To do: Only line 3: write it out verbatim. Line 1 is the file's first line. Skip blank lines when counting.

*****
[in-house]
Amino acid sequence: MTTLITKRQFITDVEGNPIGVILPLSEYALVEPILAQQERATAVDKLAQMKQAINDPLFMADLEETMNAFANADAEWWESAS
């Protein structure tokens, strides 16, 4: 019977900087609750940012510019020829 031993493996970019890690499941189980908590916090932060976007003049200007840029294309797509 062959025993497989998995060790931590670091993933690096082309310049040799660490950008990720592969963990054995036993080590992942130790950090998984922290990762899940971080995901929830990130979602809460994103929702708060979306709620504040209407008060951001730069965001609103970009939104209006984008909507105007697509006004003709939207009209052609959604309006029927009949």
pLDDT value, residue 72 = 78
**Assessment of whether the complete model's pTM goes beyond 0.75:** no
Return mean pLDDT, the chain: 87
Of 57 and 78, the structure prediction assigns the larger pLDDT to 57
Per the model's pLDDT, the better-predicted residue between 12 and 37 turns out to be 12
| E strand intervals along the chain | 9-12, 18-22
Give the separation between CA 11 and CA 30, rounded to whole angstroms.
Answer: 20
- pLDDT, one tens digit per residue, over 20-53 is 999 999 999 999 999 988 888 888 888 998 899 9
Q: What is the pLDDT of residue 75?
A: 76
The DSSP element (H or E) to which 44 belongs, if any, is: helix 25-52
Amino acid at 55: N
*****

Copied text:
């Protein structure tokens, strides 16, 4: 019977900087609750940012510019020829 031993493996970019890690499941189980908590916090932060976007003049200007840029294309797509 062959025993497989998995060790931590670091993933690096082309310049040799660490950008990720592969963990054995036993080590992942130790950090998984922290990762899940971080995901929830990130979602809460994103929702708060979306709620504040209407008060951001730069965001609103970009939104209006984008909507105007697509006004003709939207009209052609959604309006029927009949």